The History of Tanzania
Below is a brief history of Tanzania. To find information other than history for Tanzania then visit
the Tanzania Country Page.
Northern Tanganyika's famed Olduvai Gorge has provided rich evidence of the area's prehistory, including fossil remains of some of humanity's earliest ancestors. Discoveries suggest that East Africa may have been the site of human origin.
Little is known of the history of Tanganyika's interior during the early centuries of the Christian era. The area is believed to have been inhabited originally by ethnic groups using a click-tongue language similar to that of Southern Africa's Bushmen and Hottentots. Although remnants of these early tribes still exist, most were gradually displaced by Bantu farmers migrating from the west and south and by Nilotes and related northern peoples. Some of these groups had well-organized societies and controlled extensive areas by the time the Arab slavers, European explorers, and missionaries penetrated the interior in the first half of the 19th century.
The coastal area first felt the impact of foreign influence as early as the 8th century, when Arab traders arrived. By the 12th century, traders and immigrants came from as far away as Persia (now Iran) and India. They built a series of highly developed city and trading states along the coast, the principal one being Kibaha, a settlement of Persian origin that held ascendancy until the Portuguese destroyed it in the early 1500s.
The Portuguese navigator Vasco da Gama explored the East African coast in 1498 on his voyage to India. By 1506, the Portuguese claimed control over the entire coast. This control was nominal, however, because the Portuguese did not colonize the area or explore the interior. Assisted by Omani Arabs, the indigenous coastal dwellers succeeded in driving the Portuguese from the area north of the Ruvuma River by the early 18th century. Claiming the coastal strip, Omani Sultan Seyyid Said (l804-56) moved his capital to Zanzibar in 1841.
European exploration of the interior began in the mid-19th century. Two German missionaries reached Mt. Kilimanjaro in the 1840s. British explorers Richard Burton and John Speke crossed the interior to Lake Tanganyika in 1857. David Livingstone, the Scottish missionary-explorer who crusaded against the slave trade, established his last mission at Ujiji, where he was "found" by Henry Morton Stanley, an American journalist-explorer, who had been commissioned by the New York Herald to locate him.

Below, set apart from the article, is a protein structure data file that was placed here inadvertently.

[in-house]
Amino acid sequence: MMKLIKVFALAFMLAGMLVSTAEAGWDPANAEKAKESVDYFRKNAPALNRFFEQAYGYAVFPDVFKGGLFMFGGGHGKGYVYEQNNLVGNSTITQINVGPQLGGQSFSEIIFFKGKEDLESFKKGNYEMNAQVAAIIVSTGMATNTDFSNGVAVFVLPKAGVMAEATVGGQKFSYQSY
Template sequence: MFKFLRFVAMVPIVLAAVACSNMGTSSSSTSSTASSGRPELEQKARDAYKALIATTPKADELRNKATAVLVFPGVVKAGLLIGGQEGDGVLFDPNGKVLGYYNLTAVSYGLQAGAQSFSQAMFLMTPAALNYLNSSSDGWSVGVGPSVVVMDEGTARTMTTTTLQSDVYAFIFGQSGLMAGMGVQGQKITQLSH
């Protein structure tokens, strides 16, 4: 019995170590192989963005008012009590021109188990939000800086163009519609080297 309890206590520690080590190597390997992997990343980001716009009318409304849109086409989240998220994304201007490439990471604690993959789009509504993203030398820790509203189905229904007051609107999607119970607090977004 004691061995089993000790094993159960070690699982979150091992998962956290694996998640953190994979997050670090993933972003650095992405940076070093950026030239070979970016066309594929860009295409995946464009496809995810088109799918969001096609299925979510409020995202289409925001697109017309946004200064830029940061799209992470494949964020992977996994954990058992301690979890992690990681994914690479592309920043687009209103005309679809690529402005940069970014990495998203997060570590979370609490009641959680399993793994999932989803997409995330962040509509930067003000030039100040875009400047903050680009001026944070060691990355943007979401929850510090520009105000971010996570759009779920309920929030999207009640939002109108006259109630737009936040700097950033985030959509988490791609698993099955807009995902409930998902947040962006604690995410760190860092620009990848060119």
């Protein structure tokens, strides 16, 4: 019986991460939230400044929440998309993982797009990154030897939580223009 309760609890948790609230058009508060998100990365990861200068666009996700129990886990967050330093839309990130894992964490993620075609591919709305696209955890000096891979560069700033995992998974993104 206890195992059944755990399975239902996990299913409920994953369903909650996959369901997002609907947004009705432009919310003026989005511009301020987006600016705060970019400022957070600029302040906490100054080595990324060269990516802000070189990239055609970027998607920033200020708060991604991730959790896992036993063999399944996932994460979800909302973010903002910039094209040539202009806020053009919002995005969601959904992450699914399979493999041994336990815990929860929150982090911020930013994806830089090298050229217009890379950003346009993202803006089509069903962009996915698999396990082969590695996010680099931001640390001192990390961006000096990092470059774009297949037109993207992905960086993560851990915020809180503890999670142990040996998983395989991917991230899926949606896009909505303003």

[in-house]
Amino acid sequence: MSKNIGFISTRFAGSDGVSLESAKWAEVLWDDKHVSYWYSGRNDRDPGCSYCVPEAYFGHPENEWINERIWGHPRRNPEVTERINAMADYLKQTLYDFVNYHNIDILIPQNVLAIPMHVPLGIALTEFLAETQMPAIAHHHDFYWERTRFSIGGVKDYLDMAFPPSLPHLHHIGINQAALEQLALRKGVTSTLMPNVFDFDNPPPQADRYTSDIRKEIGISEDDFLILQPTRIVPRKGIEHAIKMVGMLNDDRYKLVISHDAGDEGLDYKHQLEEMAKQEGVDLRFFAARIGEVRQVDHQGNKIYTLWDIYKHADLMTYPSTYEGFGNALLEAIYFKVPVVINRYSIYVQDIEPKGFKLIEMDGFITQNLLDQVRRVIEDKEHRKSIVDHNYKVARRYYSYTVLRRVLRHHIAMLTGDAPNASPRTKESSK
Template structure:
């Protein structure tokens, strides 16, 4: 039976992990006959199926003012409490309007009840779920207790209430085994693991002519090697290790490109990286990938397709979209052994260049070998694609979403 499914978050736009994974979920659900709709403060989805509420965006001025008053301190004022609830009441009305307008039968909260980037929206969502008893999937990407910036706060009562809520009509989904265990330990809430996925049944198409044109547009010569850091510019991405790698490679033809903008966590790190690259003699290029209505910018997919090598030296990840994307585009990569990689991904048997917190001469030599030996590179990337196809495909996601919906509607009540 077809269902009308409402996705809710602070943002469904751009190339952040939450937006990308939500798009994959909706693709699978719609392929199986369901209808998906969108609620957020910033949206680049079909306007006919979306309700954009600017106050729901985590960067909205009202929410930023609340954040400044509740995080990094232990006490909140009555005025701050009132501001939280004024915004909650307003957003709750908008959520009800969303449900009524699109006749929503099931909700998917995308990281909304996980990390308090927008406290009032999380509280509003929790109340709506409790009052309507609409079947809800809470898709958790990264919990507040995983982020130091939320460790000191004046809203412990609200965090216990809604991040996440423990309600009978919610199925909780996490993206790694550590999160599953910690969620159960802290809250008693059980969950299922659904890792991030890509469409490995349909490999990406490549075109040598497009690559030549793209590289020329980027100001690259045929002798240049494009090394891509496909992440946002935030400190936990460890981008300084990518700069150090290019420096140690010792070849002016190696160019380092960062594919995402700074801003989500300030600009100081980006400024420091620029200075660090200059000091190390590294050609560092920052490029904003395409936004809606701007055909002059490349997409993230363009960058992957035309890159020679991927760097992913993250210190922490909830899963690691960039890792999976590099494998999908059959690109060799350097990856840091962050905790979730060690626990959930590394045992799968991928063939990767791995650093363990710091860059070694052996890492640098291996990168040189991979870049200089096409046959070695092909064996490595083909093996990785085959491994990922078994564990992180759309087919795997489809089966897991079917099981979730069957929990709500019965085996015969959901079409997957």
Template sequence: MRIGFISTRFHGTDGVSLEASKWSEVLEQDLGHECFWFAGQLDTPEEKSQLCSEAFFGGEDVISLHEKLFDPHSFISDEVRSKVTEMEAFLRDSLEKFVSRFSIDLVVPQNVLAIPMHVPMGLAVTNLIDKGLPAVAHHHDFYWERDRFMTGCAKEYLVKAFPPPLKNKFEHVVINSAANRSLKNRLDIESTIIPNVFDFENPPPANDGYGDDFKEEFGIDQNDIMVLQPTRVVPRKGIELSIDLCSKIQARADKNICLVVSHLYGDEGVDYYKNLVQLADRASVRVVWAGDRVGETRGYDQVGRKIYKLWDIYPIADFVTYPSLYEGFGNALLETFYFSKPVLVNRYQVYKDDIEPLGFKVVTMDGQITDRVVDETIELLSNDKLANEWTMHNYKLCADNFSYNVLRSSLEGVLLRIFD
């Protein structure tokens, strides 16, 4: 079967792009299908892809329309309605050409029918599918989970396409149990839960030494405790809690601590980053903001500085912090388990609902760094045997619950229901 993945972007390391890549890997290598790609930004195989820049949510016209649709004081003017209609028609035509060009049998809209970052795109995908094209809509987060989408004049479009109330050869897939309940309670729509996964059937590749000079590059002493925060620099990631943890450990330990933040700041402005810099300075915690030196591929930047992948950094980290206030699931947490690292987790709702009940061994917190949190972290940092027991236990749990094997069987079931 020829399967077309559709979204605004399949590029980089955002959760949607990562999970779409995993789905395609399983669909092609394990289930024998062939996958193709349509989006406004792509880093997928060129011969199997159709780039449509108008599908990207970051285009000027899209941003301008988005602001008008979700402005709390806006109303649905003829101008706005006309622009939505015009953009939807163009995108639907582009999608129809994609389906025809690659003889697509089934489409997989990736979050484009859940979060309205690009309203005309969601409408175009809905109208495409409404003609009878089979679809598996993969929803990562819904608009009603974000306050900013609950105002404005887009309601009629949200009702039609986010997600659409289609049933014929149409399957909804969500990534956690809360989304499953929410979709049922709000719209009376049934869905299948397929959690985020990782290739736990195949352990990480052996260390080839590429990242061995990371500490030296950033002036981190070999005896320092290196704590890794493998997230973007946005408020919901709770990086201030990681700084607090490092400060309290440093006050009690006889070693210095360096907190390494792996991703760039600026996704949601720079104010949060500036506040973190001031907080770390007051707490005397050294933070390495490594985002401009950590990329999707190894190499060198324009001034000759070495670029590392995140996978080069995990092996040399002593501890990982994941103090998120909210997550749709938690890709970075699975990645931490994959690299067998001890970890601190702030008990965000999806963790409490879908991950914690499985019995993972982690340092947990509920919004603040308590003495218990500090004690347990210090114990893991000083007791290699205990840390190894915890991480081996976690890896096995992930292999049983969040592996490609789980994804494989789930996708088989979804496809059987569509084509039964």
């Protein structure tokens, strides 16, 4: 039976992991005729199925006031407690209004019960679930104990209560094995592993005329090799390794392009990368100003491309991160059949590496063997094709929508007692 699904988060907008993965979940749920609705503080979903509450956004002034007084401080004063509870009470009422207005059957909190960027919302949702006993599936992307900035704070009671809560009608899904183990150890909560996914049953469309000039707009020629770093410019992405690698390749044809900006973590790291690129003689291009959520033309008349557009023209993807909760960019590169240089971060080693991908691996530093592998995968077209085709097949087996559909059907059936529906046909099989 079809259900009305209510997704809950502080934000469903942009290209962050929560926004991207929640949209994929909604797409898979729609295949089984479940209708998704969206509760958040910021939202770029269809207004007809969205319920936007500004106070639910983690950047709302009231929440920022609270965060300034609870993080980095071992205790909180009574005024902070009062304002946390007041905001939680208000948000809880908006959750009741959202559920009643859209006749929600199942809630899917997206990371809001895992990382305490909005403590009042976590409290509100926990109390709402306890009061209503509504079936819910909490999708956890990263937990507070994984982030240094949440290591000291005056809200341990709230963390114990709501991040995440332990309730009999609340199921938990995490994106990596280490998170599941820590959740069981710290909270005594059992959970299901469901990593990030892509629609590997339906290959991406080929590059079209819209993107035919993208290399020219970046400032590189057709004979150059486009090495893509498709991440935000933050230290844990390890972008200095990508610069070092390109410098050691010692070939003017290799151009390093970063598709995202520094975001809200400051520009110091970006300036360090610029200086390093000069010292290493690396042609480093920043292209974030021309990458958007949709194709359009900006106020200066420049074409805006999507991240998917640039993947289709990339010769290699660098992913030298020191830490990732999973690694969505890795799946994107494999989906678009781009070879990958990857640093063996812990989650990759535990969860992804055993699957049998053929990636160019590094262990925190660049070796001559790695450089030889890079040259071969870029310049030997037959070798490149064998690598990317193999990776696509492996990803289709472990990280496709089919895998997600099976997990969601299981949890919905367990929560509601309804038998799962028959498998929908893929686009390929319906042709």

German colonial interests were first advanced in 1884. Karl Peters, who formed the Society for German Colonization, concluded a series of treaties by which tribal chiefs in the interior accepted German "protection." Prince Otto von Bismarck's government backed Peters in the subsequent establishment of the German East Africa Company.
In 1886 and 1890, Anglo-German agreements were negotiated that delineated the British and German spheres of influence in the interior of East Africa and along the coastal strip previously claimed by the Omani sultan of Zanzibar. In 1891, the German Government took over direct administration of the territory from the German East Africa Company and appointed a governor with headquarters at Dar es Salaam.
Although the German colonial administration brought cash crops, railroads, and roads to Tanganyika, European rule provoked African's resistance, culminating in the Maji Maji rebellion of 1905-07. The rebellion, which temporarily united a number of southern tribes and ended only after an estimated 120,000 Africans had died from fighting or starvation, is considered by most Tanzanians to have been one of the first stirrings of nationalism.
German colonial domination of Tanganyika ended after World War I when control of most of the territory passed to the United Kingdom under a League of Nations mandate. After World War II, Tanganyika became a UN trust territory under British control. Subsequent years witnessed Tanganyika moving gradually toward self-government and independence.
In 1954, Julius K. Nyerere, a school teacher who was then one of only two Tanganyikans educated abroad at the university level, organized a political party--the Tanganyika African National Union (TANU). TANU-supported candidates were victorious in the Legislative Council elections of September 1958 and February 1959. In December 1959, the United Kingdom agreed to the establishment of internal self-government following general elections to be held in August 1960. Nyerere was named chief minister of the subsequent government.